Women's Soccer

Five-Minute Guide: Everything You Need to Know About the NCAA Tournament

Behind a 14-win regular season and the ACC Midfielder of the Year Sam Coffey, Boston College women’s soccer ended a two-year break with an at-large bid to the NCAA tournament, earning a No. 4 seed and what could be consecutive home games to open the bracket. Alongside nine other ACC teams, the Eagles (14-4-1, 6-3-1 Atlantic Coast) will be looking to avoid a first-round exit similar to what happened to them in 2015. So to prepare fans for the path that lies ahead for BC, here’s a brief guide on the 64-team bracket.

Five Title Contenders

Stanford (1): The No. 1 team in the nation by a healthy margin, the Cardinal boast a 41-game undefeated streak having last lost on Aug. 25, 2018. The defending national champions, all paths to the College Cup run through head coach Paul Ratcliffe’s team. Ratcliffe, the reigning Pac-12 Coach of the Year is 43-11-4 in postseason play and has an arsenal of weapons at his disposal—Catarina Macario, Jordan DiBasi, and Sophia Smith all scored seven-plus goals.

Georgetown (1): Any team facing off against the Hoyas will likely be starved for much offensive success. Georgetown finished the season with the second-best defense in the country by goals against average (0.336), conceding just five over the course of the season. Pair that with Caitlin Farrell, the BIG EAST Offensive Player of the Year, and six other All-BIG EAST selections, the Hoyas are in good shape for a deep run.

UCLA (2): The perils of playing in the same division as Stanford means you’ll forever be overshadowed, but the Bruins have done well at keeping a high profile. UCLA only lost three times all season—to ACC champion Florida State, in a surprise setback to Washington State, and to Stanford. The Bruins finished the season with nine wins in a row and boast the 11th scoring offense in the country.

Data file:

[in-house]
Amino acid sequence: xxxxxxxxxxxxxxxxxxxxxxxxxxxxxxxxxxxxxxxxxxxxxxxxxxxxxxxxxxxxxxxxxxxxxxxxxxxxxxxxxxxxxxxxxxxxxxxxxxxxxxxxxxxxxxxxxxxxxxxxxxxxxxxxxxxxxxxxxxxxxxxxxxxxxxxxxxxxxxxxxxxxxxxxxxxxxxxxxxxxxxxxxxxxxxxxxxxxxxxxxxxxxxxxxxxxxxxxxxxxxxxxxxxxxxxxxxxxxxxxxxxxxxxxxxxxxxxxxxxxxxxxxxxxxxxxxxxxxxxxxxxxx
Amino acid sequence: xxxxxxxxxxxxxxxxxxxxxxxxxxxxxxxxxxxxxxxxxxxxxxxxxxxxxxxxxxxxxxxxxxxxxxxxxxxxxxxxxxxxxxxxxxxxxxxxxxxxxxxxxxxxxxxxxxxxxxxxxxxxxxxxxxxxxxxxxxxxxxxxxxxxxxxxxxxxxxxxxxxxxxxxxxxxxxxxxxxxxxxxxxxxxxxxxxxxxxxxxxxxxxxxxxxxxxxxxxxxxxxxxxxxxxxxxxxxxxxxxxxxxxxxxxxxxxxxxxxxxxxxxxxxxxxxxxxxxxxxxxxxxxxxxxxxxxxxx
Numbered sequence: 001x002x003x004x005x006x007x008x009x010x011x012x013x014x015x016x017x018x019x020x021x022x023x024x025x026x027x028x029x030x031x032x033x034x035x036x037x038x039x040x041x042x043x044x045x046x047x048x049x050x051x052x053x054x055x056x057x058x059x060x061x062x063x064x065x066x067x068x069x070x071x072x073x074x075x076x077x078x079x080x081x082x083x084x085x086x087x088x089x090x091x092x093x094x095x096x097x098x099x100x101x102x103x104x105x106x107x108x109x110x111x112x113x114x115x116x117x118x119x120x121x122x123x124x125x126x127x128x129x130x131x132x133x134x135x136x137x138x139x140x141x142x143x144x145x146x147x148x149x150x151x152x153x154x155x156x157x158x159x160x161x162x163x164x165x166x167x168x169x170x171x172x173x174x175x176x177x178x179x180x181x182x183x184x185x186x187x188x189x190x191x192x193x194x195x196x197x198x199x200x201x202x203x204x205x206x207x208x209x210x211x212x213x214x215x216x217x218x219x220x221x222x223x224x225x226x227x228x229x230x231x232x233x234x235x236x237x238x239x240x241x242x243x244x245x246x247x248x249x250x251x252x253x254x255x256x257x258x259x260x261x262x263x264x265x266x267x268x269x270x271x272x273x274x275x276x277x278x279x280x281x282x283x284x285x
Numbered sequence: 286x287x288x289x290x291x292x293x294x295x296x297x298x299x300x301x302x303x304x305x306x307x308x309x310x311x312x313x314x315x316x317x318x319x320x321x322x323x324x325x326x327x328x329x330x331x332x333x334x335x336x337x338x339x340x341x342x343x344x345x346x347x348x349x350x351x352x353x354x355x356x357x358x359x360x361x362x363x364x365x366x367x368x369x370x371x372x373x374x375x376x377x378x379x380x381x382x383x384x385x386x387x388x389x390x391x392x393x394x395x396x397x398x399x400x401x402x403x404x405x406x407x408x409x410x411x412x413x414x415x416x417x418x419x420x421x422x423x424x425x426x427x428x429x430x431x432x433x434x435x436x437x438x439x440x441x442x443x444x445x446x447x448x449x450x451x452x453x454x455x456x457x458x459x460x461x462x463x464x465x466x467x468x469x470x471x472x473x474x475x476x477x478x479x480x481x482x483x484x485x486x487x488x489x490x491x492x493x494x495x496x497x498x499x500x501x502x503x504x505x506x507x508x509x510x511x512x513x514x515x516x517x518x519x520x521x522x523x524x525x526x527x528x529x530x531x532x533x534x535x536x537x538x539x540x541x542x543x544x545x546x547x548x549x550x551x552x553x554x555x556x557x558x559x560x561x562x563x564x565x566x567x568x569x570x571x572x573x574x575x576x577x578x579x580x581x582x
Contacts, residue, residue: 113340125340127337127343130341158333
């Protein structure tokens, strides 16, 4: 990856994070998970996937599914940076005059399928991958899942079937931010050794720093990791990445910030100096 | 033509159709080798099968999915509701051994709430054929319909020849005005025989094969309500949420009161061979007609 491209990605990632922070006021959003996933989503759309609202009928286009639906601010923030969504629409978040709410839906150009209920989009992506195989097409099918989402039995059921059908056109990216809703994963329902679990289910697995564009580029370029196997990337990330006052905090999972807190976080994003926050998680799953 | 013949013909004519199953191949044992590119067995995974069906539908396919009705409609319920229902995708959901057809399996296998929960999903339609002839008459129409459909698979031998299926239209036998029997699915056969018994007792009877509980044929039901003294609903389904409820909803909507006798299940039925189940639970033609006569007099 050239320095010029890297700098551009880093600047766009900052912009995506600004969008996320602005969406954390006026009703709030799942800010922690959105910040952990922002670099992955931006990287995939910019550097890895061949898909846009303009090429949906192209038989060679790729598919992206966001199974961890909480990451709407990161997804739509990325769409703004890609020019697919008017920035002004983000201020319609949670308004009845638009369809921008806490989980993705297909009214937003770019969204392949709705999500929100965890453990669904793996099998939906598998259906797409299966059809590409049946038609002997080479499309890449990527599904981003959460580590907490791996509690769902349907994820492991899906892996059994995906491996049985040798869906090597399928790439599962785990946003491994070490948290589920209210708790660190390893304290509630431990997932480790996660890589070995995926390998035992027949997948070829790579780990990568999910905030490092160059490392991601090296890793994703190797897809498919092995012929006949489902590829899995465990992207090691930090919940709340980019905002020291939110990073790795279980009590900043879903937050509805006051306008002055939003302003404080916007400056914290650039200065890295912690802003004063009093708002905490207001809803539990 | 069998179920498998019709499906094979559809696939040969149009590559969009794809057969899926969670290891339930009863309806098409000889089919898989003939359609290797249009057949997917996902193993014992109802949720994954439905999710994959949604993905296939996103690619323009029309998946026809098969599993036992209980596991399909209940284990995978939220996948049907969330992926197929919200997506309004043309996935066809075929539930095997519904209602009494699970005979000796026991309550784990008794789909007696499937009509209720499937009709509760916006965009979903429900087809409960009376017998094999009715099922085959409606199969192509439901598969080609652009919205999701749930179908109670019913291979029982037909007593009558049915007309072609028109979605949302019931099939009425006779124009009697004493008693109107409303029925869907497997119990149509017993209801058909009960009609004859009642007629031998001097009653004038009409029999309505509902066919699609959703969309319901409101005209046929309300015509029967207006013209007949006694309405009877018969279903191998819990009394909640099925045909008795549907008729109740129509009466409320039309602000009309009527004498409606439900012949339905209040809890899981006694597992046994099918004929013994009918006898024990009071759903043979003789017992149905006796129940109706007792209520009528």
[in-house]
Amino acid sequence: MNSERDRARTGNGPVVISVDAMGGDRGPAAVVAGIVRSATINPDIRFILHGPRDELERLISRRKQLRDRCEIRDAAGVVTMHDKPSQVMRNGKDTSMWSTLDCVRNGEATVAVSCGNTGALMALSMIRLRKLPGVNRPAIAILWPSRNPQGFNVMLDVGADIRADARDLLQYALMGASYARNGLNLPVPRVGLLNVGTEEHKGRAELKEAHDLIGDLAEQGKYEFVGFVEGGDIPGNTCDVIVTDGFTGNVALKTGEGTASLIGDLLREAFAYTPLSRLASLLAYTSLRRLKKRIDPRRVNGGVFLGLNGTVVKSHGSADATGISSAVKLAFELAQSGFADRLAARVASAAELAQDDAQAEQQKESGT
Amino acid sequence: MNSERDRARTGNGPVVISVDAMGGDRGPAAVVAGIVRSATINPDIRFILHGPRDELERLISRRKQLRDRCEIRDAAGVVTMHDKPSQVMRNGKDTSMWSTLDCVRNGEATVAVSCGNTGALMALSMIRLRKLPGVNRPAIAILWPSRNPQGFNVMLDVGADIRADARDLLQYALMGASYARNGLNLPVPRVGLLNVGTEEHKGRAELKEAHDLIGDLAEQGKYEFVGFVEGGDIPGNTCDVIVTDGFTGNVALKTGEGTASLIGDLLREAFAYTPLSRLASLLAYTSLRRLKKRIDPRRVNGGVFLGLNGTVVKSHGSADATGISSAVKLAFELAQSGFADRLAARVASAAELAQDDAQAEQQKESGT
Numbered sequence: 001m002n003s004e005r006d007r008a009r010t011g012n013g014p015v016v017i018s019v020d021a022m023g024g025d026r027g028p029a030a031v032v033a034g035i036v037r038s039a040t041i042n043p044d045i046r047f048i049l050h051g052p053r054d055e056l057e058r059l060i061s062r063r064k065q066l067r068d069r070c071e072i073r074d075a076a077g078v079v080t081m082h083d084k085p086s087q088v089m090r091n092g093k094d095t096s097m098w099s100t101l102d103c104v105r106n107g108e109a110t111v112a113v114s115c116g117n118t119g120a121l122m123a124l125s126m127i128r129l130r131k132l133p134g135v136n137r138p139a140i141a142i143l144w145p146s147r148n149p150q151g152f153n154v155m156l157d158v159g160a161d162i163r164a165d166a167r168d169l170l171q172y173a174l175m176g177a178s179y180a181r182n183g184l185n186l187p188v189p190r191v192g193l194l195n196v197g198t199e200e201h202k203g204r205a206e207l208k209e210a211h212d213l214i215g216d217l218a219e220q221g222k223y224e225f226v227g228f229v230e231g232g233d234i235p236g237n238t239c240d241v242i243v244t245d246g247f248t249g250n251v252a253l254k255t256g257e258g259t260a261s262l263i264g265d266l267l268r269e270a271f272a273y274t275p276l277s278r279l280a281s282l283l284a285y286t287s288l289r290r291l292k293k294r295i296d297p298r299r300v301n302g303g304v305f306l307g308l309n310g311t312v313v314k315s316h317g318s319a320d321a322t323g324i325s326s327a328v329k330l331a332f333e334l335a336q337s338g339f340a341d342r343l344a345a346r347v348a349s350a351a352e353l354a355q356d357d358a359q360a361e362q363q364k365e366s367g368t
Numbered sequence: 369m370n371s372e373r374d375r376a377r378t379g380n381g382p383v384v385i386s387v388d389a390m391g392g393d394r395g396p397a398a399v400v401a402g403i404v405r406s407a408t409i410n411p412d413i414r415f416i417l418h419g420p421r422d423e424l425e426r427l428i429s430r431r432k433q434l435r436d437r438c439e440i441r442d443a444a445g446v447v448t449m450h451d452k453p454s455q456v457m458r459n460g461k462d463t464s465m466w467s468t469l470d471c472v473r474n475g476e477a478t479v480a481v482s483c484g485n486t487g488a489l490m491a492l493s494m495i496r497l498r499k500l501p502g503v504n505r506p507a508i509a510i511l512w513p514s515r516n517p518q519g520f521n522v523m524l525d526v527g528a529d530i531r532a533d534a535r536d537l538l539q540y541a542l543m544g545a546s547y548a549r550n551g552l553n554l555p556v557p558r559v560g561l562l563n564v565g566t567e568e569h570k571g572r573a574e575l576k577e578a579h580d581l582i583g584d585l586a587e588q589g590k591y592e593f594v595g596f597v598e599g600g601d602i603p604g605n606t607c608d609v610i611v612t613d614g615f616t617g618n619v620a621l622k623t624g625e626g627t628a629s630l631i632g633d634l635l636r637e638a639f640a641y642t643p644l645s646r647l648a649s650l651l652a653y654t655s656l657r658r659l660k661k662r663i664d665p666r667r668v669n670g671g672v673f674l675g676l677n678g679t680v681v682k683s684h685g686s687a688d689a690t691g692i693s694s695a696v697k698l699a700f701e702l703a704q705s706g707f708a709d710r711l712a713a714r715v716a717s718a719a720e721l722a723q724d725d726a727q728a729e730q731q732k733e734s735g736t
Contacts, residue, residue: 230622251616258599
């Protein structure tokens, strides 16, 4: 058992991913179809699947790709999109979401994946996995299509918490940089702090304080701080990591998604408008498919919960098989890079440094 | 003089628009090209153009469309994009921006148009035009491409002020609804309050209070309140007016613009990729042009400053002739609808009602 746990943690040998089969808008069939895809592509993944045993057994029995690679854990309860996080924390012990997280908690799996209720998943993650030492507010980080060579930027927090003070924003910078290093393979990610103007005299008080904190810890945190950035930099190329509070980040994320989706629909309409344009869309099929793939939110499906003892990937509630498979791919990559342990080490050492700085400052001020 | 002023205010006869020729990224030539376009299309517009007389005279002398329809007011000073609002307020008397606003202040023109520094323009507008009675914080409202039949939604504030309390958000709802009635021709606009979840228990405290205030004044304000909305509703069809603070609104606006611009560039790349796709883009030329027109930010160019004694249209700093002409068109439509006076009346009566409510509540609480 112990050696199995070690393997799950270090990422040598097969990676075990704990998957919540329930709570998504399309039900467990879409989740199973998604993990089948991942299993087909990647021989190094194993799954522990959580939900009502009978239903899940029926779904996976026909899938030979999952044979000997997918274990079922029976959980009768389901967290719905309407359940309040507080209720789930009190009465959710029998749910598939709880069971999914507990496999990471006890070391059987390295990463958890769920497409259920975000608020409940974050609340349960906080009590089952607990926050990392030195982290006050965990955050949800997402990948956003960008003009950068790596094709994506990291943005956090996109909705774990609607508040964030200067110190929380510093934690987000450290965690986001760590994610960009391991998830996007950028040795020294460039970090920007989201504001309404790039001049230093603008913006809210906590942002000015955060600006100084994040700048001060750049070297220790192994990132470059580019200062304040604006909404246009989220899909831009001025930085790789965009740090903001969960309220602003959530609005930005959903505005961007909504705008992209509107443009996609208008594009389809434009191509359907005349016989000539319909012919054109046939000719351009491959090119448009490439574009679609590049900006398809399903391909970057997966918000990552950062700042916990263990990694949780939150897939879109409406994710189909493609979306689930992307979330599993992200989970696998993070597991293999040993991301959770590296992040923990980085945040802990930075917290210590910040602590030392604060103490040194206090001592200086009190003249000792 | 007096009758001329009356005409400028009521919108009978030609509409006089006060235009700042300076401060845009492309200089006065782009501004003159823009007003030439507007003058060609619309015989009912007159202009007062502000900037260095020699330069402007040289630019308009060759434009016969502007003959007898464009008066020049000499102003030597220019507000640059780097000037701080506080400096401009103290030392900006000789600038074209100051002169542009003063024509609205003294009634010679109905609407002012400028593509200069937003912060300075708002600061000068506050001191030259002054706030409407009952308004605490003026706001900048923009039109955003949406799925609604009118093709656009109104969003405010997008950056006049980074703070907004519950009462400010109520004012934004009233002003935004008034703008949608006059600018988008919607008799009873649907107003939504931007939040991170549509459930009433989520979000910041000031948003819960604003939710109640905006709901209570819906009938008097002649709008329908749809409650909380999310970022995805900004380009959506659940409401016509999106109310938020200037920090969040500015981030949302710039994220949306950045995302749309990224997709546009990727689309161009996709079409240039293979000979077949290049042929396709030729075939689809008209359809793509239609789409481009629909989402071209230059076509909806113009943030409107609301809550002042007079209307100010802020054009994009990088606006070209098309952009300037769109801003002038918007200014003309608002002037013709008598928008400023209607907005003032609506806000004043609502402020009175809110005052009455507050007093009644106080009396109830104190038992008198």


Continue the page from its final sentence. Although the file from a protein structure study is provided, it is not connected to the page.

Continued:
Florida State (1): The Seminoles finished an uncharacteristic seventh in the ACC during the regular season, but showed why they can’t be taken lightly during the conference tournament. Entering postseason play following a 1-0 setback in overtime to Miami, many expected FSU to just bow out—it instead knocked off Duke, Virginia, and North Carolina in succession to claim the title and establish itself as a legitimate title contender.

Southern California (4): Three Pac-12 teams? I know, I know. However, of the four teams to play in the last two national championships, three have been from the westernmost conference. USC is a year removed from taking the title and is incredibly balanced—it boasts top-10 ranks in both scoring offense and defense. The Trojans only lost twice this year—both times in overtime—to Stanford and UCLA.

Five Dark Horses

Princeton: Surprisingly, the Tigers didn’t merit a first-round home game in the tournament. That perceived slight from the selection committee could spark a team that could be dangerous in later rounds. Princeton swept through the Ivy League postseason, are a perfect 6-0 on the road, and have shut out opponents in eight of the last nine games.

Santa Clara (3): One of the top 16 overall seeds doesn’t seem like much of a dark horse, but the Broncos likely aren’t earning as much respect at they should. Santa Clara lost to three top-50 teams by RPI, then had plenty of impressive performances—it knocked off UNC and tied Stanford for instance. The Broncos are 12th in RPI, have a top-15 scoring offense, and four players—paced by Maddy Gonzalez’s eight—have more than six goals. (Don’t forget: Santa Clara won it all back in 2001)

St. Louis: Another team that hits the road in the first round, the Billikens haven’t lost since Sept. 14, when they fell to then-No. 14 Kansas. St. Louis ranks 17th in scoring offense and 15th in goals against average, and while this has largely come against lesser Atlantic 10 competition, it’s still a team others shouldn’t take lightly. Hannah Friedrich (11 goals, eight assists) and Maddie Pokorny (12 goals, two assists) are an elite scoring duo up top.

South Florida: The Bulls might not make it past the first round—Albany is a tough early test—but if they do, they have pieces to make things interesting. Evelyne Viens is the nation’s leading points scorer and paces the country’s highest-scoring offense, which scores nearly three goals per game. USF was upset in the AAC final by Memphis, but had won 13 of 14 with top-25 wins over Baylor and the Tigers.

Memphis: The Tigers, to their credit, might not be much of a dark horse—they vaulted five spots to No. 15 in the polls after winning the AAC title. Still, Memphis, like its conference companion USF, warrants a closer look. The Tigers averaged 2.5 goals per game this season, eighth in the country, and did so while also locking things down on the other end of the field. Goaltender Elizabeth Moberg leads the country with 13 shutouts under her belt.